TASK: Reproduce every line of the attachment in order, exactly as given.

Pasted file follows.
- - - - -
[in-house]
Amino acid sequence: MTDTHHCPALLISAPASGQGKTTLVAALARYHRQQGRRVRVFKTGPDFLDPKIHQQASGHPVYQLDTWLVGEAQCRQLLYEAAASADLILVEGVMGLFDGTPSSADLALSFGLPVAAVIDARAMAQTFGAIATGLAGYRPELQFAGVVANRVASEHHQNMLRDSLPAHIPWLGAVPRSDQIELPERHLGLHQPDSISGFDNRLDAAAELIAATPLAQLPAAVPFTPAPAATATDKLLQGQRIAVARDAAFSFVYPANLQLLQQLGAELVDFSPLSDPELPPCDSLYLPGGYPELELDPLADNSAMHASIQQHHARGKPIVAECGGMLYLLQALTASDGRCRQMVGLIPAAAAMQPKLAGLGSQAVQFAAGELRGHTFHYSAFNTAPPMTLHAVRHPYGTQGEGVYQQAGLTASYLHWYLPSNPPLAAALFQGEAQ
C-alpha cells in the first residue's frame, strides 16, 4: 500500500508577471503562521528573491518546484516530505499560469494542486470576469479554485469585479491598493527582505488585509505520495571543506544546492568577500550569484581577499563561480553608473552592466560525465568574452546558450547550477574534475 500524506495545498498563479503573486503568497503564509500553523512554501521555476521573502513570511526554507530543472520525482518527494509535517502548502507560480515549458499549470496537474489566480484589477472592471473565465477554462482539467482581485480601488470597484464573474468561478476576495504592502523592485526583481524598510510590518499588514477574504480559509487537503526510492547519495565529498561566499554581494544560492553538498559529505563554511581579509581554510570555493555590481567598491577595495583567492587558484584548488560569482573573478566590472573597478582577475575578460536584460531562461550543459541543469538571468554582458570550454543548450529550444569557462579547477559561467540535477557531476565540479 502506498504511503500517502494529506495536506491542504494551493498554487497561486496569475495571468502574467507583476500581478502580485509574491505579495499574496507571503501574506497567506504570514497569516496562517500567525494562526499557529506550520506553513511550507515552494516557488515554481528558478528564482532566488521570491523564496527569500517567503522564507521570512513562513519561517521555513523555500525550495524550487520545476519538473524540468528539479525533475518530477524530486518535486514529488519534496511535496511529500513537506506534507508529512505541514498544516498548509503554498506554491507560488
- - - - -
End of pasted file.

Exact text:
[in-house]
Amino acid sequence: MTDTHHCPALLISAPASGQGKTTLVAALARYHRQQGRRVRVFKTGPDFLDPKIHQQASGHPVYQLDTWLVGEAQCRQLLYEAAASADLILVEGVMGLFDGTPSSADLALSFGLPVAAVIDARAMAQTFGAIATGLAGYRPELQFAGVVANRVASEHHQNMLRDSLPAHIPWLGAVPRSDQIELPERHLGLHQPDSISGFDNRLDAAAELIAATPLAQLPAAVPFTPAPAATATDKLLQGQRIAVARDAAFSFVYPANLQLLQQLGAELVDFSPLSDPELPPCDSLYLPGGYPELELDPLADNSAMHASIQQHHARGKPIVAECGGMLYLLQALTASDGRCRQMVGLIPAAAAMQPKLAGLGSQAVQFAAGELRGHTFHYSAFNTAPPMTLHAVRHPYGTQGEGVYQQAGLTASYLHWYLPSNPPLAAALFQGEAQ
C-alpha cells in the first residue's frame, strides 16, 4: 500500500508577471503562521528573491518546484516530505499560469494542486470576469479554485469585479491598493527582505488585509505520495571543506544546492568577500550569484581577499563561480553608473552592466560525465568574452546558450547550477574534475 500524506495545498498563479503573486503568497503564509500553523512554501521555476521573502513570511526554507530543472520525482518527494509535517502548502507560480515549458499549470496537474489566480484589477472592471473565465477554462482539467482581485480601488470597484464573474468561478476576495504592502523592485526583481524598510510590518499588514477574504480559509487537503526510492547519495565529498561566499554581494544560492553538498559529505563554511581579509581554510570555493555590481567598491577595495583567492587558484584548488560569482573573478566590472573597478582577475575578460536584460531562461550543459541543469538571468554582458570550454543548450529550444569557462579547477559561467540535477557531476565540479 502506498504511503500517502494529506495536506491542504494551493498554487497561486496569475495571468502574467507583476500581478502580485509574491505579495499574496507571503501574506497567506504570514497569516496562517500567525494562526499557529506550520506553513511550507515552494516557488515554481528558478528564482532566488521570491523564496527569500517567503522564507521570512513562513519561517521555513523555500525550495524550487520545476519538473524540468528539479525533475518530477524530486518535486514529488519534496511535496511529500513537506506534507508529512505541514498544516498548509503554498506554491507560488